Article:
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Dr. Phil has been accused of being a predatory charlatan, exploiting the mentally unwell in the service of ratings. But a new report from STAT and the Boston Globe takes those charges a cut deeper, alleging that America’s prevailing TV psychiatrist has actually provided drugs and alcohol to guests struggling with addiction.

The piece includes testimony from a number of vulnerable guests who said their addictions were enabled, and even encouraged, by Dr. Phil (whose full name is Philip McGraw) and his staff. Todd Herzog, a former Survivor winner, struggled with drinking in the years after his success on the show. He was scheduled to be a guest on Dr. Phil following a traumatizing intervention in 2013, in which he was plucked from his Utah apartment and flown to LA. When he arrived at the set, Herzog said he was sober, but found a bottle of vodka waiting for him in his dressing room. At some point, a crew member also handed him a Xanax, which they said would help him “calm his nerves.” Herzog drank the vodka and swallowed the Xanax; by the time he lurched onto the set, he was completely intoxicated. From STAT:

“Today, I had an entire bottle, like a liter, of vodka,” Todd Herzog told McGraw on stage. When Dr. Phil breathalyzed him in front of the studio audience, Herzog blew a .263—more than three times the legal limit to drive.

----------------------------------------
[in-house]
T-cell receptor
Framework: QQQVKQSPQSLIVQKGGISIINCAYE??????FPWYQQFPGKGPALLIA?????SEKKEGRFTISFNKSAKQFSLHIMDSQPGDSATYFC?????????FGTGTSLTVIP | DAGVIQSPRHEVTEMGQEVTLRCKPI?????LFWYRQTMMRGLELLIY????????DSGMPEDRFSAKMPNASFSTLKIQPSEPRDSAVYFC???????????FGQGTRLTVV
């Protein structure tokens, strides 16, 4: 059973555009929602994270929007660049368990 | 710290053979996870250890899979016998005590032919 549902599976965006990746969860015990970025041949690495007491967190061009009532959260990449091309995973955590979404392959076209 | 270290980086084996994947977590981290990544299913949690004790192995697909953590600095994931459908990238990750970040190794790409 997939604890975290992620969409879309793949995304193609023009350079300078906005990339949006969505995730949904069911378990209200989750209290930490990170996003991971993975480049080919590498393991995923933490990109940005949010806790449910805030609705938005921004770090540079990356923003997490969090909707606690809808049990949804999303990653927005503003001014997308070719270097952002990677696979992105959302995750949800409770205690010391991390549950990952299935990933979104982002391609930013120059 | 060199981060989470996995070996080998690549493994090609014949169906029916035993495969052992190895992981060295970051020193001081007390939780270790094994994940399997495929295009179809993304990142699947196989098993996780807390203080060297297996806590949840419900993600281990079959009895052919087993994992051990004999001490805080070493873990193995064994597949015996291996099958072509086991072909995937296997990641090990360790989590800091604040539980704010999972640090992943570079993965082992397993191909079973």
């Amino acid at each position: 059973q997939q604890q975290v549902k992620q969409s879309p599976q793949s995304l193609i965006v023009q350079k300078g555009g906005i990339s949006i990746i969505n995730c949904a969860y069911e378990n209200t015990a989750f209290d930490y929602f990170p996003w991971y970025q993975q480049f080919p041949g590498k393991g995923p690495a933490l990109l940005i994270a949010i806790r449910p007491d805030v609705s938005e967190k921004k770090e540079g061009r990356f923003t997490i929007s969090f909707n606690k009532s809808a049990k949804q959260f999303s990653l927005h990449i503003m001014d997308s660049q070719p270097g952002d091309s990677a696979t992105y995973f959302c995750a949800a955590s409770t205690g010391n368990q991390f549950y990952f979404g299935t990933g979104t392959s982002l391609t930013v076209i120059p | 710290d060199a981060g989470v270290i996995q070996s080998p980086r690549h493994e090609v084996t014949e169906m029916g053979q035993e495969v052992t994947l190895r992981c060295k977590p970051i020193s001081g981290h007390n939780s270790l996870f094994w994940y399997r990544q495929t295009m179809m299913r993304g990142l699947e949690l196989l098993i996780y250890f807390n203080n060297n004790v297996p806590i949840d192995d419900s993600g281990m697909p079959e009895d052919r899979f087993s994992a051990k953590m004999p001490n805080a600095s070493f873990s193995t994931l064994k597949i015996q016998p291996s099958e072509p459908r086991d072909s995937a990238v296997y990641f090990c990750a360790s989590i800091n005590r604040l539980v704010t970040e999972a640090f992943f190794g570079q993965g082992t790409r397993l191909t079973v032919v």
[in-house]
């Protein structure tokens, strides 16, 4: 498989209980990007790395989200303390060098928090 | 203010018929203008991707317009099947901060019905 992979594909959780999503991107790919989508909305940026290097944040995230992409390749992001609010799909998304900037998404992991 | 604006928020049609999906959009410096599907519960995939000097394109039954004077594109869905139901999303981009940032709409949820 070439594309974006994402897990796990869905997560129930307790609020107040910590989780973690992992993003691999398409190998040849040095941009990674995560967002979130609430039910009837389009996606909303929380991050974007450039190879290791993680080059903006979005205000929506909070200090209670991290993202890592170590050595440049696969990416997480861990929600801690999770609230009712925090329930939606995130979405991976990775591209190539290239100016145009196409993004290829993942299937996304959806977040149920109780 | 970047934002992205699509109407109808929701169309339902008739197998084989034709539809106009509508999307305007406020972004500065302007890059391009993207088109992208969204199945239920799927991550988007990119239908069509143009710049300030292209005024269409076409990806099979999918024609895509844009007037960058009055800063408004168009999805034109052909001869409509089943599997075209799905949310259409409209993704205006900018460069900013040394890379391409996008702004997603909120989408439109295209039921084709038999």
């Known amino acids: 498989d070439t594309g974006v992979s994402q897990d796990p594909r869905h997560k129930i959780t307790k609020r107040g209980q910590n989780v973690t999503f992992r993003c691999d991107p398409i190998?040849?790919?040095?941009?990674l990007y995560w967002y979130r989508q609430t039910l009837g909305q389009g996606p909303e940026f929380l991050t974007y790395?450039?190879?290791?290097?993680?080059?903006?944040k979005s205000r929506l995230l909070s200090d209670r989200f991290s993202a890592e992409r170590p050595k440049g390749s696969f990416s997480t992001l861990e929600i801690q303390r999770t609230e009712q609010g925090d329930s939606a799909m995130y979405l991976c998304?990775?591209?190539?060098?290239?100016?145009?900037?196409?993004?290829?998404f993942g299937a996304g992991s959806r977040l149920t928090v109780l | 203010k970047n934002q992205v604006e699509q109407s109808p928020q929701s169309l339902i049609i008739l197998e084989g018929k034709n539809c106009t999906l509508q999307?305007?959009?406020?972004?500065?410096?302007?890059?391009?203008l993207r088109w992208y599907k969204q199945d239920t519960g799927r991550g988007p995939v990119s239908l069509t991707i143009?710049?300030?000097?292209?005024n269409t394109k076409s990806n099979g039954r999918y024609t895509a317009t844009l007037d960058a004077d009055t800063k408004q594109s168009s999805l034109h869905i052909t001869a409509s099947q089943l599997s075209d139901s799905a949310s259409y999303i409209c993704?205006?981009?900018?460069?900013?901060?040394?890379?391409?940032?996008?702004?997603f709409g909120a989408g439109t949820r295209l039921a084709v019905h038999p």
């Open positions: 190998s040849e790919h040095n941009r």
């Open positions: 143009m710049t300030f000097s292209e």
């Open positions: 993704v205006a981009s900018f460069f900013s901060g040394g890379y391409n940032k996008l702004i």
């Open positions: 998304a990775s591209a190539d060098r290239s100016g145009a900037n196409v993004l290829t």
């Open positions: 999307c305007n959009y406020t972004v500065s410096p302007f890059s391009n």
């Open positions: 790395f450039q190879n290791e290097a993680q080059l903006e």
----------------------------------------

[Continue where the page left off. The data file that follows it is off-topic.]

“You know, I get that it’s a television show and that they want to show the pain that I’m in,” Herzog said in the interview. “However, what would have happened if I died there? You know, that’s horrifying.”

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Herzog isn’t the only one to accuse Dr. Phil of abetting their addictions for viewership. One guest was allegedly helped by staff to acquire drugs:

Marianne Smith’s niece, Jordan, appeared on the show in 2012, in an episode called “Young, Reckless, and Enabled.” Smith said she contacted the show to help her niece break her heroin addiction. Smith said that when she, Jordan, and Jordan’s mother arrived in Los Angeles from out of state, Jordan began going through withdrawal. Smith said she and Jordan’s mother were concerned for her well-being, and told a show producer she needed heroin.

“They told us where to go, Skid Row,” Smith said. “I was so scared.”

Dr. Phil staff have denied the allegations in varying ways. Martin Greenberg, the show’s Director of Professional Affairs, called the allegations “absolutely, unequivocally untrue.”

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“Addicts are notorious for lying, deflecting and trivializing. But if they are at risk when they arrive, then they were at risk before they arrived,” he told STAT and the Globe in a statement. “The only change is they are one step closer to getting help, typically help they could not have even come close to affording.”

In spite of his experience, Herzog maintains that he considers his encounters with McGraw to be a net positive.

“I’m grateful in a lot of ways for the show. For getting me help in the nicest places in the country. That’s a gift right there,” he said. “There are some things about the show that I don’t like, and that I don’t think are real. … I should have been in the hospital, in that sense. There should not be liters of vodka in my dressing room.”

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McGraw, meanwhile, raked in $79 million last year.